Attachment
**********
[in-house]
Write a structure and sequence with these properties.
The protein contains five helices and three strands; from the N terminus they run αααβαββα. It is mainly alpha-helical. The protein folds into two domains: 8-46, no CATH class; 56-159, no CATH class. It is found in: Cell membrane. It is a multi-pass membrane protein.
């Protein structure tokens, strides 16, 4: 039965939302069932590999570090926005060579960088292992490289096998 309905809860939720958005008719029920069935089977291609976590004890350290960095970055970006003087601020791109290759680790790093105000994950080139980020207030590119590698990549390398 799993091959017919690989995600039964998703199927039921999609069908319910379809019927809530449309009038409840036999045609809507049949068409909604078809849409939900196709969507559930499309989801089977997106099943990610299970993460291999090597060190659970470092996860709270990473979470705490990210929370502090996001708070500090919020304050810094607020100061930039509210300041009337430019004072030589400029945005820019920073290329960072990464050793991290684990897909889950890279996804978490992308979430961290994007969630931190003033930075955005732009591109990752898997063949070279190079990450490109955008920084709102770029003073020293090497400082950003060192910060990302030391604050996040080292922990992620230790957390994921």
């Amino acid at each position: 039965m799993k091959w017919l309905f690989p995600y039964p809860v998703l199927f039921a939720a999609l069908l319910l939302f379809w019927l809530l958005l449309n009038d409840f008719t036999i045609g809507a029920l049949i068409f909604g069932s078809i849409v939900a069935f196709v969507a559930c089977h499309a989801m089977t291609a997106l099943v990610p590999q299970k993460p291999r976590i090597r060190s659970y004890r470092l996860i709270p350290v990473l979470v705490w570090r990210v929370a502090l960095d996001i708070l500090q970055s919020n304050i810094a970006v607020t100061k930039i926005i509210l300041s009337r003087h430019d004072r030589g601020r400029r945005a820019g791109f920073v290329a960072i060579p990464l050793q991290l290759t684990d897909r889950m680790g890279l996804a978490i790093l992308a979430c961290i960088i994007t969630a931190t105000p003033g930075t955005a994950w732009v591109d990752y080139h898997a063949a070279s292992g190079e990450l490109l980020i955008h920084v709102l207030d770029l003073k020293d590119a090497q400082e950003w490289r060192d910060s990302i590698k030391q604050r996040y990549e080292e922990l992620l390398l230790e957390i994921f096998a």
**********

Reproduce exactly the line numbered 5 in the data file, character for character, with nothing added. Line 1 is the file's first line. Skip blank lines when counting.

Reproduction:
């Amino acid at each position: 039965m799993k091959w017919l309905f690989p995600y039964p809860v998703l199927f039921a939720a999609l069908l319910l939302f379809w019927l809530l958005l449309n009038d409840f008719t036999i045609g809507a029920l049949i068409f909604g069932s078809i849409v939900a069935f196709v969507a559930c089977h499309a989801m089977t291609a997106l099943v990610p590999q299970k993460p291999r976590i090597r060190s659970y004890r470092l996860i709270p350290v990473l979470v705490w570090r990210v929370a502090l960095d996001i708070l500090q970055s919020n304050i810094a970006v607020t100061k930039i926005i509210l300041s009337r003087h430019d004072r030589g601020r400029r945005a820019g791109f920073v290329a960072i060579p990464l050793q991290l290759t684990d897909r889950m680790g890279l996804a978490i790093l992308a979430c961290i960088i994007t969630a931190t105000p003033g930075t955005a994950w732009v591109d990752y080139h898997a063949a070279s292992g190079e990450l490109l980020i955008h920084v709102l207030d770029l003073k020293d590119a090497q400082e950003w490289r060192d910060s990302i590698k030391q604050r996040y990549e080292e922990l992620l390398l230790e957390i994921f096998a």